Did you get your COVID-19 vaccine yet? That question is and has been one of the most asked lately as millions of Americans have been rolling up their sleeves to receive the super fast-tracked medicine. And while we all are hopeful and ready to get back to some sense of normalcy, a vaccine doesn’t necessarily guarantee that unfortunately. Some folks are naturally apprehensive about vaccines in general, especially ones that became available to the public in a fraction of the time compared to the normal vetting process – like 8 months vs. 8 years!
To speed up the process in this case, FDA granted what is called an Emergency Use Authorization for the COVID-19 vaccines from Pfizer and Moderna due to the dire situation created by the pandemic. The mechanism implemented by FDA has helped get the medicine into our bloodstreams quicker. That particular designation, however, also technically dissuades employers and/or other organizations from requiring that you take the vaccine in order to work or participate. Why? Plain and simple, FDA, doctors and other researchers are still learning about these particular chemistries and how they will affect people in the short and long-term. Variants of the virus continue to pop up as well, and questions about efficacy against those persist.
Ultimate licensing and approval of these vaccines might not be achieved for several years. That's how long it will take for copious data collection. So, for now, getting vaccinated for COVID-19 is supposed to be voluntary, at least according to federal law.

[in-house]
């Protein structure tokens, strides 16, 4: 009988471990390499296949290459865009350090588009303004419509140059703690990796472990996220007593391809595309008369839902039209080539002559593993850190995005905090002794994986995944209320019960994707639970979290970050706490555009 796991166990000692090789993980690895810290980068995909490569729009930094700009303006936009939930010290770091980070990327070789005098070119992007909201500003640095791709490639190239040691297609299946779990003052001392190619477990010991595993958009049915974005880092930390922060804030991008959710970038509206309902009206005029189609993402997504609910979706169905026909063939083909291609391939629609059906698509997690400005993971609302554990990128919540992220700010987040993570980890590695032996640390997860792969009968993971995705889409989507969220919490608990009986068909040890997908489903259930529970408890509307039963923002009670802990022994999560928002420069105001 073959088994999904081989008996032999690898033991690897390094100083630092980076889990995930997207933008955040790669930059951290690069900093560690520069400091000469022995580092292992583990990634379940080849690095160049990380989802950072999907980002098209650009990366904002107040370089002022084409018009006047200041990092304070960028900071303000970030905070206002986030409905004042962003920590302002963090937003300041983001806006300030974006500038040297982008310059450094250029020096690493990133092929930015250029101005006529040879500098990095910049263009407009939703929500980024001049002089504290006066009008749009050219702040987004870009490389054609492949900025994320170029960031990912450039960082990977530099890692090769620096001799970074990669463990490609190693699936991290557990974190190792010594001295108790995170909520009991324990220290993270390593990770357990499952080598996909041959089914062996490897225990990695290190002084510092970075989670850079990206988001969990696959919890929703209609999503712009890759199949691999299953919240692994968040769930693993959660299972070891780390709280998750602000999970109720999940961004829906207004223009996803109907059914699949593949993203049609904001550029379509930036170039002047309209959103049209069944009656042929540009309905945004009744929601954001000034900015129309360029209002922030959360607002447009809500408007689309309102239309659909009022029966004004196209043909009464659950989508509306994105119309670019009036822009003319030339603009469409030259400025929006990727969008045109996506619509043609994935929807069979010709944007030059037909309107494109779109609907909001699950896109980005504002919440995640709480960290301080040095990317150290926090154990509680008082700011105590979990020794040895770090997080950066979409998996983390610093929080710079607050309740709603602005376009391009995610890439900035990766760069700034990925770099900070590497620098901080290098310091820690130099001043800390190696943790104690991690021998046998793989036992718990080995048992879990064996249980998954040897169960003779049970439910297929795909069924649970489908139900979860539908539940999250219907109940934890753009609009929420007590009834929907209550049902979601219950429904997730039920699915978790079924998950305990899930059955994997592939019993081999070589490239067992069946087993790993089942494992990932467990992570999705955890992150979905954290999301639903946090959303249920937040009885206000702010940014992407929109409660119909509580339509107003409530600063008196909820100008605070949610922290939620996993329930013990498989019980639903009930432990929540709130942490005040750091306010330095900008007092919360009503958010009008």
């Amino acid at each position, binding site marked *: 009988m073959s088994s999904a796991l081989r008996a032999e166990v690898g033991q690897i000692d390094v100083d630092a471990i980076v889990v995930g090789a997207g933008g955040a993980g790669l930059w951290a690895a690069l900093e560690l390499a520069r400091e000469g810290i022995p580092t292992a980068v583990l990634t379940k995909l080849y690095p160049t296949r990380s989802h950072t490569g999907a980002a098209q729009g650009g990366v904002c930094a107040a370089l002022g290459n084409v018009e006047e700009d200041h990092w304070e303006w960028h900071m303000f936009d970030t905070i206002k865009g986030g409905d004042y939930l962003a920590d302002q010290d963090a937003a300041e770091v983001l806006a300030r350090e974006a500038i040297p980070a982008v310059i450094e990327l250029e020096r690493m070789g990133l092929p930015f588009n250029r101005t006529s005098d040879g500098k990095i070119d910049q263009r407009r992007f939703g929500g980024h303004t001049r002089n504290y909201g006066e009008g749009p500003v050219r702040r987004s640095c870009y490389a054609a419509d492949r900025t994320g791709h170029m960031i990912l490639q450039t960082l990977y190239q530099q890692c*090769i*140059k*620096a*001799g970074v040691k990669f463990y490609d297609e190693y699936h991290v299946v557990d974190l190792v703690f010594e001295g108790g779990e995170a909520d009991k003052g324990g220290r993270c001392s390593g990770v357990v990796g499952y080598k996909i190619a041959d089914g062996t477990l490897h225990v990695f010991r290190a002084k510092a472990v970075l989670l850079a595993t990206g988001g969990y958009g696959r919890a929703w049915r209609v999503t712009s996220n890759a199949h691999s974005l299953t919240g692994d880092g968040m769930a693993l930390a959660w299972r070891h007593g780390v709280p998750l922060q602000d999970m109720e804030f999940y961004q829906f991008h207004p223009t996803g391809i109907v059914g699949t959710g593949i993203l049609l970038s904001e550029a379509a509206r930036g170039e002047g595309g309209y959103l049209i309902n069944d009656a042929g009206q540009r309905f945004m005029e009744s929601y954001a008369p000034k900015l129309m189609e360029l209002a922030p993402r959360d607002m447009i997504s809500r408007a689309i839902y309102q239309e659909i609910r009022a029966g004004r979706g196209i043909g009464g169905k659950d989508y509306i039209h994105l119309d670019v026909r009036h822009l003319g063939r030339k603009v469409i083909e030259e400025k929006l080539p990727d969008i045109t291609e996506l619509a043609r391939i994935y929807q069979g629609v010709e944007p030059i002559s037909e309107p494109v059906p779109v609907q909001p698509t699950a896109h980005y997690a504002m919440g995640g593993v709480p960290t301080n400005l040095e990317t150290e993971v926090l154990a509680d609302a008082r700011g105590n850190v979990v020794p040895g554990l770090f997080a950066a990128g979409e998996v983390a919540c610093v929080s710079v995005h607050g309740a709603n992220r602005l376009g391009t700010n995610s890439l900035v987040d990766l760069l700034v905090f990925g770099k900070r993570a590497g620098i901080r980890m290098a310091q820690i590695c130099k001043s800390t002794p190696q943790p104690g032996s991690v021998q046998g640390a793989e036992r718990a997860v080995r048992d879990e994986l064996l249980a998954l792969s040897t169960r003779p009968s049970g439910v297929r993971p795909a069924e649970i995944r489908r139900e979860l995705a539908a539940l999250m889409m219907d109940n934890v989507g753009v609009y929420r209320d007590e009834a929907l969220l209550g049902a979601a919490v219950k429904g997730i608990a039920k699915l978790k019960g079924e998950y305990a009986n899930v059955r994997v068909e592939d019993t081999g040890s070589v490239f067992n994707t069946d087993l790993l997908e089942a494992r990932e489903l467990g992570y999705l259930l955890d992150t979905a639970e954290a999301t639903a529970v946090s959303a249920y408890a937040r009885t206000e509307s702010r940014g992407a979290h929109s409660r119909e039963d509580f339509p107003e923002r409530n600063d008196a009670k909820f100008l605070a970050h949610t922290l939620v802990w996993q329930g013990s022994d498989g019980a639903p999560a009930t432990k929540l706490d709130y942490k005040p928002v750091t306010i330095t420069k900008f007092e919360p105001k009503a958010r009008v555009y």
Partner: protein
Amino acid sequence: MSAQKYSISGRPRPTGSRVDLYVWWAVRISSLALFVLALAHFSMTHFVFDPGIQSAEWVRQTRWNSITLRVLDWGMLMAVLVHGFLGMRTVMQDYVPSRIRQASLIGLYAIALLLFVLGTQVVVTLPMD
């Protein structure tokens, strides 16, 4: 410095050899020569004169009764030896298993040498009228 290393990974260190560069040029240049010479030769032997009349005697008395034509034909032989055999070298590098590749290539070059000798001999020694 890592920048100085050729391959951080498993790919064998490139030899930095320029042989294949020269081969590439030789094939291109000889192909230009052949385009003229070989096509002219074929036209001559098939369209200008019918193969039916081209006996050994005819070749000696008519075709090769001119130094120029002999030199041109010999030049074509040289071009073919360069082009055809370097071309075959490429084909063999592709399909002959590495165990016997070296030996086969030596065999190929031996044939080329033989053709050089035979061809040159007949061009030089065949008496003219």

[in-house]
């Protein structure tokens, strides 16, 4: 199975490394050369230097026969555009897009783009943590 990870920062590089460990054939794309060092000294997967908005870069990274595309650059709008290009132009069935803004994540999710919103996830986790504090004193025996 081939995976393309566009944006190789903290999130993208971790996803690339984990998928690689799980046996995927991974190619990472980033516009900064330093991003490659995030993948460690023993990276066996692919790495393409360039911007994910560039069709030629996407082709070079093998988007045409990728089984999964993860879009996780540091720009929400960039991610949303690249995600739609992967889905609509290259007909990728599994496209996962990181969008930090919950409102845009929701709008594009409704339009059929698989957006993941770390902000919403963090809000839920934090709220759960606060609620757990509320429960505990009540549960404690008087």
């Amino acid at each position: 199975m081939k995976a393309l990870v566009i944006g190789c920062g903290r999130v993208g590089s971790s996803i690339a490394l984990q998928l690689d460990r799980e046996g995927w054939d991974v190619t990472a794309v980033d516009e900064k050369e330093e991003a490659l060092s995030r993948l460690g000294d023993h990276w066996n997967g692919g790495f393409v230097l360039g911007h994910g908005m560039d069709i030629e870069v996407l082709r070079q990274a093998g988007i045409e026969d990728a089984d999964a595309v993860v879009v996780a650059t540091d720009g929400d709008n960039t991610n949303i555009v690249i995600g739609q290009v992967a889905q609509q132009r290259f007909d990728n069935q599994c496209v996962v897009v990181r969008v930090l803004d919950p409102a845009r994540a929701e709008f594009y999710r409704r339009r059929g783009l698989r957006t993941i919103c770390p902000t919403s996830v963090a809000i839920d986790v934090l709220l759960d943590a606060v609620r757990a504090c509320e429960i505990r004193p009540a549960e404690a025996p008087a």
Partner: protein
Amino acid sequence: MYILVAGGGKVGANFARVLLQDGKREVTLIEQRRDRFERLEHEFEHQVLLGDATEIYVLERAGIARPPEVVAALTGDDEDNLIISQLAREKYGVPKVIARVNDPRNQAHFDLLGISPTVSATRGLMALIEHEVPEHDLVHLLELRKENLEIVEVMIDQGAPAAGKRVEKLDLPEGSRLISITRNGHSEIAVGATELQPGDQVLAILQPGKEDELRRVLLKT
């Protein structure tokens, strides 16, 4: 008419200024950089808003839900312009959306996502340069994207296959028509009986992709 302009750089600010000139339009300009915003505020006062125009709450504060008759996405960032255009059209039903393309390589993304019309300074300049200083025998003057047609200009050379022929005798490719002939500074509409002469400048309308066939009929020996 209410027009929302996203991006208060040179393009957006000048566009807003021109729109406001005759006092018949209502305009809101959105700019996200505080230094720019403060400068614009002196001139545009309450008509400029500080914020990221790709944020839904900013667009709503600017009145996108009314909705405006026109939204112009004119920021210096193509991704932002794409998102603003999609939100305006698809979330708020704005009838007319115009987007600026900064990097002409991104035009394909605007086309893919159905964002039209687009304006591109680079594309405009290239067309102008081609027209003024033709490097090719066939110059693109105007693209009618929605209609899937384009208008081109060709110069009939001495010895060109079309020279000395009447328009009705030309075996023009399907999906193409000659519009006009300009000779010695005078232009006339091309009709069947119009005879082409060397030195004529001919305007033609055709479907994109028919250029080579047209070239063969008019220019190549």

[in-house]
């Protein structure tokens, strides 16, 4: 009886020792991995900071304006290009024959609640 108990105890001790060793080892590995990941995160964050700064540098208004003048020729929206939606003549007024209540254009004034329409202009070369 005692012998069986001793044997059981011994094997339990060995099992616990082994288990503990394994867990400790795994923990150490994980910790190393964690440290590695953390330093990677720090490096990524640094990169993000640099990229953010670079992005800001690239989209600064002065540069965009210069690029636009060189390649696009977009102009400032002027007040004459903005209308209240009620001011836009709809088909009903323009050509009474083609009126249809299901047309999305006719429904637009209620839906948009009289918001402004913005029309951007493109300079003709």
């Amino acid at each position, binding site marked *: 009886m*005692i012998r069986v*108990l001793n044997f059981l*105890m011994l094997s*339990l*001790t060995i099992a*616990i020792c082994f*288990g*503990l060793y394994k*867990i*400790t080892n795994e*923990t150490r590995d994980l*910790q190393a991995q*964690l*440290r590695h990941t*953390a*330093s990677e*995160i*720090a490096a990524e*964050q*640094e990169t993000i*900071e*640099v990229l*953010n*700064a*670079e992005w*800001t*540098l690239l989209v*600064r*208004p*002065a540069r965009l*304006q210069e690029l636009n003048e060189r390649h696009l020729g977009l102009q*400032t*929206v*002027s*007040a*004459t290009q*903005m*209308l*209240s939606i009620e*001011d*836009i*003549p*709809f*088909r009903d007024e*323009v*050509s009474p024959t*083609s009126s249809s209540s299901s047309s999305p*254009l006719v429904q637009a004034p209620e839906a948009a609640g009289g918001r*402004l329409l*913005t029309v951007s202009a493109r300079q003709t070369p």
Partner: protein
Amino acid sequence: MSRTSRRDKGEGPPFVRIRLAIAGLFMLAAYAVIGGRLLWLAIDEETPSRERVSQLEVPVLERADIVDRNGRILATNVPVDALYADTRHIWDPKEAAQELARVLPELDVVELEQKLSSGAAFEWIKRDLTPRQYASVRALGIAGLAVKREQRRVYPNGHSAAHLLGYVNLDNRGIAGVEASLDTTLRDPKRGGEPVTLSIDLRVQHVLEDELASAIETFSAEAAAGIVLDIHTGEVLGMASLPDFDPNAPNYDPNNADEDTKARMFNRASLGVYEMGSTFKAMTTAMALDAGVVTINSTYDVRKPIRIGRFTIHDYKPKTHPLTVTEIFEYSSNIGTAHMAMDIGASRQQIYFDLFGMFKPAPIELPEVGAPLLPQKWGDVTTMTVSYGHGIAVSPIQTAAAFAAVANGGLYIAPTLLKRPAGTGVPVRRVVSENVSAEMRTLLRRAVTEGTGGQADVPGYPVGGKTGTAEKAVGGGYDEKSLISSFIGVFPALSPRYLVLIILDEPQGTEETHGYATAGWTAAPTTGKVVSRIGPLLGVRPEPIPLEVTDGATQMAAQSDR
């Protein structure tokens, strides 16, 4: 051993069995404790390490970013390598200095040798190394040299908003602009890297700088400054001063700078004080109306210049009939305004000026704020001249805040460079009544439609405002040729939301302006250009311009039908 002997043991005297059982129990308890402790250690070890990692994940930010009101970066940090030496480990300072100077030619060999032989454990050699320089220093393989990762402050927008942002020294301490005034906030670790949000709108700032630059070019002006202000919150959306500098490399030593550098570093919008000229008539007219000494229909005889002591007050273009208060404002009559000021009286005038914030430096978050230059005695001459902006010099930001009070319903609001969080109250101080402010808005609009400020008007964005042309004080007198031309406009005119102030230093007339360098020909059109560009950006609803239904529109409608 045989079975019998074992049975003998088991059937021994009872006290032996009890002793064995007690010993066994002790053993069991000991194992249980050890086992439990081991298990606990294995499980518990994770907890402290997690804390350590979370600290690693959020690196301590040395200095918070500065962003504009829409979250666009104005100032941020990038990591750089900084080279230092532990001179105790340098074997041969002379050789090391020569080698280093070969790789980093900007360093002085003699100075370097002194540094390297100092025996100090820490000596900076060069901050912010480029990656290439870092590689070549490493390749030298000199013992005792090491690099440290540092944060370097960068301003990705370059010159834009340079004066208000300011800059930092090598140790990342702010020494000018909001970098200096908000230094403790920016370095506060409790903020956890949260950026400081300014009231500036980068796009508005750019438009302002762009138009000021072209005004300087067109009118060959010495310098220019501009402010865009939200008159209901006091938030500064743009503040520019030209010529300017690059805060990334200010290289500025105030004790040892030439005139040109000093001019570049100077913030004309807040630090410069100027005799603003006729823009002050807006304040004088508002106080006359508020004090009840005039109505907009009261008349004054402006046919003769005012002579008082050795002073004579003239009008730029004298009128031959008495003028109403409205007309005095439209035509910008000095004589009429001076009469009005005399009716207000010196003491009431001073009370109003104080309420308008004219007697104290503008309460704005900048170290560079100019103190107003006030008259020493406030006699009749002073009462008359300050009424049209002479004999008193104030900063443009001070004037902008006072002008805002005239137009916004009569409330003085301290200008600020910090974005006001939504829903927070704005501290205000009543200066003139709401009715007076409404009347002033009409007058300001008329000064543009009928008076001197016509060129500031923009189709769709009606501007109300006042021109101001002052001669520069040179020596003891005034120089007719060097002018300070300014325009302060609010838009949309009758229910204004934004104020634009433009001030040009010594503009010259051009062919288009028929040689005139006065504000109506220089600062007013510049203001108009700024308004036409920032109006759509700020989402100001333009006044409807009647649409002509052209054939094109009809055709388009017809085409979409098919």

This could be confusing as employers and other organizations have established and continue to tweak existing COVID-19 policies for safety and to maintain a handle on direct health threats. Now with the vaccines becoming available, companies and even a number of prominent universities have gone ahead to add inoculation mandates to their guidelines, even if it stands in opposition of what an Emergency Use Authorization entails. Many are citing state laws that can offer protection against potential litigation.
Being fully vaccinated makes sense for certain lines of work like first responders, physicians, educators, pilots, etc. But it’s far from a one-size-fits all situation. Any potential alleged violation of worker rights and/or labor laws would still have to be decided in a court of law.
So you might be feeling under pressure from your employer to get the vaccine, even if you are hesitant and they don’t come right out and say it. But even once the medicines are licensed, exemptions for religious beliefs and existing medical conditions are protected and can still be considered via provisions of the Americans with Disabilities Act.
Yes, the pandemic is not over yet, and it still feels like we’re stuck starring in a sci-fi novel. But laws are in place to provide order, even in a chaotic world.
Live in Central Florida and have legal questions? Contact Woodard & Ferguson -- Attorneys at Law.